F# is a research project from Microsoft Research. It is not a Microsoft product. All opinions are my own. All content is provided "AS IS" with no warranties, and confers no rights.
I'm pleased to announce that a major new release of F# is now available (now version 220.127.116.11 after some minor updates and fixes). This is the second major release in the version 1.0 release cycle, after the "preview" release in December. New features include Intellisense in the Visual Studio integration, CodeSense (on-the-fly type checking), PatternTips and MethodTips. The MLLib library of functional programming constructs has been expanded to include vectors, streams, further numeric types and systematic conversion functions to allow you to relate F# collections to the .NET collection abstractions. Numerous other improvements have been made to the language, compiler and tools, as documented in the change log.
New samples and tutorials have been included, including Jack Palevich's port of three DirectX tutorials, and samples such as symbolic differentiation.
Although F# is a research language implementation, it aims to be a quality environment for the kind of large-scale symbolic programming commonly used to implement verification, analysis, optimization and transformation applications. It is especially suited to situations where these programs require direct access to high-quality GUI, networking, data and graphics libraries as provided by .NET, and where some components may be written in other .NET languages such as C#. It is also an excellent general purpose mixed imperative/functional programming language, suitable for authoring complex imperative and concurrent applications. It combines ML-style type inference and orthogonal language constructs with the tools, runtime and libraries of the .NET Framework. F# programs can also be run on other CLI implementations such as Mono (though compilation must currently be performed on Windows x86). F# has a core language similar to that of OCaml's, and with care code can be written that cross-compiles on both systems.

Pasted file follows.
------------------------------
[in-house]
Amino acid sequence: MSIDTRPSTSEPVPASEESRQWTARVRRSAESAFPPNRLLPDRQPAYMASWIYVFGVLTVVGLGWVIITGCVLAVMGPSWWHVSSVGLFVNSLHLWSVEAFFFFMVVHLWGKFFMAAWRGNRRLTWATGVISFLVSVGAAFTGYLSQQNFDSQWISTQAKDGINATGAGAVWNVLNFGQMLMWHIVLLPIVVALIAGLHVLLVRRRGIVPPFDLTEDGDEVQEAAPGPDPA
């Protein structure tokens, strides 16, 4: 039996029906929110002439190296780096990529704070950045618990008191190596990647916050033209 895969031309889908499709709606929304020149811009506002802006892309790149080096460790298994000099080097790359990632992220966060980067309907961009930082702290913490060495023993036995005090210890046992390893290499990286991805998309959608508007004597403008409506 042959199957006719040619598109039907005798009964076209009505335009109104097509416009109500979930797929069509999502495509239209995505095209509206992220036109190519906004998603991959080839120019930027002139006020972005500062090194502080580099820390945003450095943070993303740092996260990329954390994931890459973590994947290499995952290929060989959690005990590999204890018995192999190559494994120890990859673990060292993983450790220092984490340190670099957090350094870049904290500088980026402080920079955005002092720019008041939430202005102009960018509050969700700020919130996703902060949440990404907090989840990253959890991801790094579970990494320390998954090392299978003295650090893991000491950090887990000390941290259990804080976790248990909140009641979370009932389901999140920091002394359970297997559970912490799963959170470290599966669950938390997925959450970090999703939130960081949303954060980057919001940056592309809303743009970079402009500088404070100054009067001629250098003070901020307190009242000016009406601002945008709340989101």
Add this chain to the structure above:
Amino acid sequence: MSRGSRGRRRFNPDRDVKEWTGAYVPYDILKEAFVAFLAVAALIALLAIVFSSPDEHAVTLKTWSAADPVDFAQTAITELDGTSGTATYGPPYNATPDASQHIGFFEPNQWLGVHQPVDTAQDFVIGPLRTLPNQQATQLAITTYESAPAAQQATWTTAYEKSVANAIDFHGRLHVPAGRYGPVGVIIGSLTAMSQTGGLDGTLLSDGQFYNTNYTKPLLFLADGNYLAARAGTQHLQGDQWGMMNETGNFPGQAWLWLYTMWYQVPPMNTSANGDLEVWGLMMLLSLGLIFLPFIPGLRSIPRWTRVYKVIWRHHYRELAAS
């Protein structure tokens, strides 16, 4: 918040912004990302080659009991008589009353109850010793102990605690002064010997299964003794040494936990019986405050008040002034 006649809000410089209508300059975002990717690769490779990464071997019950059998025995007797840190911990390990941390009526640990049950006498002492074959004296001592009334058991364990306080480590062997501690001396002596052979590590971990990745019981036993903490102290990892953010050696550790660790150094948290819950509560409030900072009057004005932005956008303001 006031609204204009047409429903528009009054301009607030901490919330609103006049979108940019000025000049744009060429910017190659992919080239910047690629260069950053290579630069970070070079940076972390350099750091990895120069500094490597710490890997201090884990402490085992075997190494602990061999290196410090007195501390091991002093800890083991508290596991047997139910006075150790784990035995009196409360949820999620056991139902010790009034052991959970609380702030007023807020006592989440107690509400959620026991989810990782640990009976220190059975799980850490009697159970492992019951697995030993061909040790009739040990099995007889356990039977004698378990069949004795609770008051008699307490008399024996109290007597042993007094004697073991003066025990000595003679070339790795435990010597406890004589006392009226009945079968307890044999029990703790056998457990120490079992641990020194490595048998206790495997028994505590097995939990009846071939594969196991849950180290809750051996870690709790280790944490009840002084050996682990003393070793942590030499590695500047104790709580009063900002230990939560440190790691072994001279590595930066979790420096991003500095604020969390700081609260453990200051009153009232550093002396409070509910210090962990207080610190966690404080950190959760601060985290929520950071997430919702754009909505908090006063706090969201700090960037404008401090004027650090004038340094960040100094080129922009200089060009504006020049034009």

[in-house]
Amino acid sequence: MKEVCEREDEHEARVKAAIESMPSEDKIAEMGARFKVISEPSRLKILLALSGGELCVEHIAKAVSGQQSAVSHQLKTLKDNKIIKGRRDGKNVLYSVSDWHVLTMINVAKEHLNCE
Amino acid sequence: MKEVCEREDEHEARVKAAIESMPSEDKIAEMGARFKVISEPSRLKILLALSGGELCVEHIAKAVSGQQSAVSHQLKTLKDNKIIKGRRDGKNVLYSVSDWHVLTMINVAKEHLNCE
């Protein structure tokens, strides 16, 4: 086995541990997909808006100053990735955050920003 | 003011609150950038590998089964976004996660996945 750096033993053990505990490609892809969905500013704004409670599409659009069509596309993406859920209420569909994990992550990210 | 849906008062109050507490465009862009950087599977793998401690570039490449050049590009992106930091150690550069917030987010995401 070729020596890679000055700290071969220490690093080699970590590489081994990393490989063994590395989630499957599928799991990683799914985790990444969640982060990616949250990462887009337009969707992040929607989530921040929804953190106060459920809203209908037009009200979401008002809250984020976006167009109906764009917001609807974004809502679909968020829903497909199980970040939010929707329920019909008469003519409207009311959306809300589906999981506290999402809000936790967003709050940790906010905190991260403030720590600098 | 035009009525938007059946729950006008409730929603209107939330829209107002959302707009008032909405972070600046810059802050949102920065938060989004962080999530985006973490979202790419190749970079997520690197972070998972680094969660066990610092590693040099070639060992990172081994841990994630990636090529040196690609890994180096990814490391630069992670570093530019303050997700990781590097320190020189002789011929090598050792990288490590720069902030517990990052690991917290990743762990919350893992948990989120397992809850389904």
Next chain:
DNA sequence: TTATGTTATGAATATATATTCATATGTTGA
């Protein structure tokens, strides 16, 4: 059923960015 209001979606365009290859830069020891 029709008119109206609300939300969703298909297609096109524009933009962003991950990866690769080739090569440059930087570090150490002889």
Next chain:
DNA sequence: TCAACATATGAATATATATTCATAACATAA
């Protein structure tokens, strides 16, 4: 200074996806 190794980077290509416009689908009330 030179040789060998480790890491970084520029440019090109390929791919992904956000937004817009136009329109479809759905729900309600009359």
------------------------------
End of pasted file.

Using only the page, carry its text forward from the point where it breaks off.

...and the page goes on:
Known issues with this release, updated 02/02/2005 (nearly all related to using VS 2003)